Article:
He embraced her once more when she made this acknowledgment, and murmured:

“What an ass he was! You were not happy with him?”

She answered:

“No. He was not always jolly.”

Leuillet felt quite delighted, making a comparison in his own mind between his wife’s former situation and her present one.

He remained silent for some time: then, with a fresh outburst of merit, he said:

“Tell me this!”


“Will you be quite candid — quite candid with me?”

“Certainly, dear.”

“Well, look here! Have you never been tempted to — to deceive this imbecile, Souris?”

Mme. Leuillet uttered a little “Oh!” in a shamefaced way, and again cuddled her face closer to her husband’s chest. But he could see that she was laughing.

He persisted:

“Come now, confess it! He had a head just suited for a cuckold, this blockhead! It would be so funny! This good Souris! Oh! I say, darling, you might tell it to me — only to me!”

He emphasized the words “to me,” feeling certain that if she wanted to show any taste when she deceived her husband, he, Leuillet, would have been the man; and he quivered with joy at the expectation of this avowal, sure that if she had not been the virtuous woman she was he could have had her then.

But she did not reply, laughing incessantly as if at the recollection of something infinitely comic.

Leuillet, in his turn, burst out laughing at the notion that he might have made a cuckold of Souris. What a good joke! What a capital bit of fun, to be sure!

He exclaimed in a voice broken by convulsions of laughter.

“Oh! poor Souris! poor Souris! Ah! yes, he had that sort of head — oh, certainly he had!”

And Mme. Leuillet now twisted herself under the sheets, laughing till the tears almost came into her eyes.

And Leuillet repeated: “Come, confess it! confess it! Be candid. You must know that it cannot be unpleasant to me to hear such a thing.”

Then she stammered, still choking with laughter.

“Yes, yes.”

Her husband pressed her for an answer.

“Yes, what? Look here! tell me everything.”

She was now laughing in a more subdued fashion, and, raising her mouth up to Leuillet’s ear, which was held towards her in anticipation of some pleasant piece of confidence, she whispered — “Yes, I did deceive him!”

He felt a cold shiver down his back, and utterly dumbfounded, he gasped.

“You — you — did — really — deceive him?”

She was still under the impression that he thought the thing infinitely pleasant, and replied.

“Yes — really — really.”

He was obliged to sit up in bed so great was the shock he received, holding his breath, just as overwhelmed as if he had just been told that he was a cuckold himself. At first, he was unable to articulate properly; then after the lapse of a minute or so, he merely ejaculated.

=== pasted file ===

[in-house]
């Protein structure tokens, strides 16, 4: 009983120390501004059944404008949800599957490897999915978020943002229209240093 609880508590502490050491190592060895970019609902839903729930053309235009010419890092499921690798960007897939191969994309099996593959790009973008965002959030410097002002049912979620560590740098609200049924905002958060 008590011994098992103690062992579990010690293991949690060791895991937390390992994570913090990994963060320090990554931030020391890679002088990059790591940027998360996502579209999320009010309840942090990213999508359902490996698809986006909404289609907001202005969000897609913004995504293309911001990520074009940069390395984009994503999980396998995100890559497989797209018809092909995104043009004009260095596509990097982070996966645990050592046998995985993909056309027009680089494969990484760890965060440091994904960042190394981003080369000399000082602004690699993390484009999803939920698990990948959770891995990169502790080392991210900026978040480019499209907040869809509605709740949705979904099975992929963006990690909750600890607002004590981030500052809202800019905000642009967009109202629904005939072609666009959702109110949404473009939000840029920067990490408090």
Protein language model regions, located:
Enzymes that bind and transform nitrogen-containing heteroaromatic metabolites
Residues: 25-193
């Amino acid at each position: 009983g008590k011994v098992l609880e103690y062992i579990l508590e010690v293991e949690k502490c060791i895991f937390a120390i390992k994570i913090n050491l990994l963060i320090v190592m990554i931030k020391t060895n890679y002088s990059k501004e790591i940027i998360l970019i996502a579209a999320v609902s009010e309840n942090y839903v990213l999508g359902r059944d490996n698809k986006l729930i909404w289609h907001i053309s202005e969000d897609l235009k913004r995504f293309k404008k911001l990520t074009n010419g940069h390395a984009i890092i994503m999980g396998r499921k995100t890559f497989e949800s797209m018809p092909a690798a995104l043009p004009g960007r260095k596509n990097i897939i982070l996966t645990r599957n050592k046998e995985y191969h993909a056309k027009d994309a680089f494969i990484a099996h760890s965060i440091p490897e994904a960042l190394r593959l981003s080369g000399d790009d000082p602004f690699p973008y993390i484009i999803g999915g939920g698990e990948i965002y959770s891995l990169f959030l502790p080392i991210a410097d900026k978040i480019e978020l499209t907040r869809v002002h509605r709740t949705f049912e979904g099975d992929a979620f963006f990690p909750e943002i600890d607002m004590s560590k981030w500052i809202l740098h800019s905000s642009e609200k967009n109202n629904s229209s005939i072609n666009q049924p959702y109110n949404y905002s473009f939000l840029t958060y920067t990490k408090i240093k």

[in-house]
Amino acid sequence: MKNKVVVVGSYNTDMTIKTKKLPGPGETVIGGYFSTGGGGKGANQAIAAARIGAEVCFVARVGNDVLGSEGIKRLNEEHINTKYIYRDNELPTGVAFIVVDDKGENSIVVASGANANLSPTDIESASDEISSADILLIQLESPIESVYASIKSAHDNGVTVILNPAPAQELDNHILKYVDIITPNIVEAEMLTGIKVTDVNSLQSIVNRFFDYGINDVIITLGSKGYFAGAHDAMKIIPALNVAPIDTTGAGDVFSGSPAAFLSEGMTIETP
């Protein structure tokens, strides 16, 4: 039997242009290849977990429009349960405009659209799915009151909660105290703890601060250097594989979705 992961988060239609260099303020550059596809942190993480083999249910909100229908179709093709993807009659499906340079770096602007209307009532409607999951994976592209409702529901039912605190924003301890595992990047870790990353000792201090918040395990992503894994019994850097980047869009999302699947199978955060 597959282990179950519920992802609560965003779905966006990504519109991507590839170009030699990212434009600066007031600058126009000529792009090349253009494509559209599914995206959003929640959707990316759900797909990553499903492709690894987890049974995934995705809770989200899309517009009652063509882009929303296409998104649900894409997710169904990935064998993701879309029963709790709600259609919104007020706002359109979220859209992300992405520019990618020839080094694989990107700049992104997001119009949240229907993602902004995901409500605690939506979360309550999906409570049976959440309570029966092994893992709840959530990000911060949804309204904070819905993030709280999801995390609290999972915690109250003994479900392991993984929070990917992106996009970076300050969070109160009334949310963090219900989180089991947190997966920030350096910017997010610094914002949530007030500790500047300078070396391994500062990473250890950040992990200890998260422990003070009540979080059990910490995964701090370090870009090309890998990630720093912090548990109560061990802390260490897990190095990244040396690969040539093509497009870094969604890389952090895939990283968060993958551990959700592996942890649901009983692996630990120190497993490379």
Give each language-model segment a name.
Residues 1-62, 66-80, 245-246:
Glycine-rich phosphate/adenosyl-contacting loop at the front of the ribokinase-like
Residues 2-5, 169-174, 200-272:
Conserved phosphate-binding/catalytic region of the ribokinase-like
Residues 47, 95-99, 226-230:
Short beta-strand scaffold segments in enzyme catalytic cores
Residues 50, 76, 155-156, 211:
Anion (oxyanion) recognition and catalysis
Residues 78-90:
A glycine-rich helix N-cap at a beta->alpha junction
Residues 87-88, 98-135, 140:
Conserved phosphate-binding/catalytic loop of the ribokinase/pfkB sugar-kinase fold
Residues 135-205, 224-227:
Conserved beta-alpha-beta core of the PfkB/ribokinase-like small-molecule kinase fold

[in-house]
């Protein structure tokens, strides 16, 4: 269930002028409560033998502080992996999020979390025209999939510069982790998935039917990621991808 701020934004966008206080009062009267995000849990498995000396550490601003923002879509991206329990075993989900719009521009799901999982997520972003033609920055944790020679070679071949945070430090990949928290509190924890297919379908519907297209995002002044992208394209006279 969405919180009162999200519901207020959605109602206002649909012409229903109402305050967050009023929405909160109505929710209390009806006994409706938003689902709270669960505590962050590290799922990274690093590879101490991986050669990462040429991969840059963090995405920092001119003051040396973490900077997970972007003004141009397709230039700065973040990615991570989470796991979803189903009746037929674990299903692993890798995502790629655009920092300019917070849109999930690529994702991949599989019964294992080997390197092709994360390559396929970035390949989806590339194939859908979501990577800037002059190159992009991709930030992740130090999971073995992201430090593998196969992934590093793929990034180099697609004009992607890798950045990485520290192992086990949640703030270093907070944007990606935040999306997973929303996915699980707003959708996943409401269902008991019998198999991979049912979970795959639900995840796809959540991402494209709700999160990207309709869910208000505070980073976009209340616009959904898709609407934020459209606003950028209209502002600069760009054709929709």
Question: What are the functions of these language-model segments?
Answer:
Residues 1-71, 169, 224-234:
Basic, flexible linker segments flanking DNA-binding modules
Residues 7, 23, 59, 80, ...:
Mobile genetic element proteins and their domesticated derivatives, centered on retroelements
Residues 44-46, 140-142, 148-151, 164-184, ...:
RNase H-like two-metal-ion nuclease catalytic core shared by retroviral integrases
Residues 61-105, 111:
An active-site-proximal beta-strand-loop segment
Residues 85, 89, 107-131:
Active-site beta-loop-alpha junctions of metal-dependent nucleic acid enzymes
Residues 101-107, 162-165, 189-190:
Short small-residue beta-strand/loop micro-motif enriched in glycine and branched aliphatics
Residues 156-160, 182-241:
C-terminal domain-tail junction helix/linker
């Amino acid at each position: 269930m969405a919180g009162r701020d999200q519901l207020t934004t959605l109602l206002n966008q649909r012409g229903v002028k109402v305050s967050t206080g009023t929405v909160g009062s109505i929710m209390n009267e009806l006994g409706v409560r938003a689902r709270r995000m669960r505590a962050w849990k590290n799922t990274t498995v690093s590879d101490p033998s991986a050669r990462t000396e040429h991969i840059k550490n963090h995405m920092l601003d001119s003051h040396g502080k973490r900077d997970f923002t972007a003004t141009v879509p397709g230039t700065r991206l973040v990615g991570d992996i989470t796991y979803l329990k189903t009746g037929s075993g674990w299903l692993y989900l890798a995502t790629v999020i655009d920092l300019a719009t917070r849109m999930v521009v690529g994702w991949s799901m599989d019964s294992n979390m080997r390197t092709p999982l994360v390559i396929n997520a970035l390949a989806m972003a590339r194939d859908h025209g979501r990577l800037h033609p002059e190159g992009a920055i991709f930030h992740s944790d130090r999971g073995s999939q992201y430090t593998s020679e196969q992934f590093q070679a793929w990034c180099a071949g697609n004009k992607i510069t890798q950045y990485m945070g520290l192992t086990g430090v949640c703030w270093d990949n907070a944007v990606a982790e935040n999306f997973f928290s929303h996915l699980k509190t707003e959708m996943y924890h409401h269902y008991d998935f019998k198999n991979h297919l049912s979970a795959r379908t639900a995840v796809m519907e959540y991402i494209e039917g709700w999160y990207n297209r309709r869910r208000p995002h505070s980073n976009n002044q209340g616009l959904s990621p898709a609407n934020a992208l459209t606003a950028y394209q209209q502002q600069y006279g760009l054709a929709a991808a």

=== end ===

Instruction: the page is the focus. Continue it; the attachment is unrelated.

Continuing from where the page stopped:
She, too, had stopped laughing now, realizing her mistake too late.

Leuillet, at length asked.

“And with whom?”

She kept silent, cudgeling her brain to find some excuse.

He repeated his question.

“With whom?”

At last, she said.

“With a young man.”

He turned towards her abruptly, and in a dry tone, said.

“Well, I suppose it wasn’t with some kitchen wench. I ask you who was the young man — do you understand?”

She did not answer. He tore away the sheet which she had drawn over her head, and pushed her into the middle of the bed, repeating.

“I want to know with what young man — do you understand?”

Then, she replied with some difficulty in uttering the words.

“I only wanted to laugh.” But he fairly shook with rage: “What? How is that? You only wanted to laugh? So then you were making game of me? I’m not going to be satisfied with these evasions, let me tell you! I ask you what was the young man’s name?”

She did not reply, but lay motionless on her back.

He caught hold of her arm and pressed it tightly.

“Do you hear me, I say? I want you to give me an answer when I speak to you.”

Then, she said, in nervous tones.

“I think you must be going mad! Let me alone!”

He trembled with fury, so exasperated that he scarcely knew what he was saying, and, shaking her with all his strength, he repeated.

“Do you hear me? do you hear me?”

She wrenched herself out of his grasp with a sudden movement, and with the tips of her fingers slapped her husband on the nose. He entirely lost his temper, feeling that he had been struck, and angrily pounced down on her.

He now held her under him, boxing her ears in a most violent manner, and exclaiming:

“Take that — and that — and that — there you are, you trollop!”

Then, when he was out of breath, exhausted from beating her, he got up, and went over to the chest of drawers to get himself a glass of sugared orange-water for he was almost ready to faint after his exertion.

And she lay huddled up in bed, crying and heaving great sobs, feeling that there was an end of her happiness, and that it was all her own fault.

Then, in the midst of her tears, she faltered:

“Listen, Antoine, come here! I told you a lie — listen! I’ll explain it to you.”

And now, prepared to defend herself, armed with excuses and subterfuges, she slightly raised her head all tangled under her crumpled nightcap.

And he, turning towards her, drew close to her, ashamed at having whacked her, but feeling intensely still in his heart’s core as a husband an inexhaustible hatred against that woman who had deceived his predecessor, Souris.

This web edition published by:

The University of Adelaide Library
University of Adelaide
South Australia 5005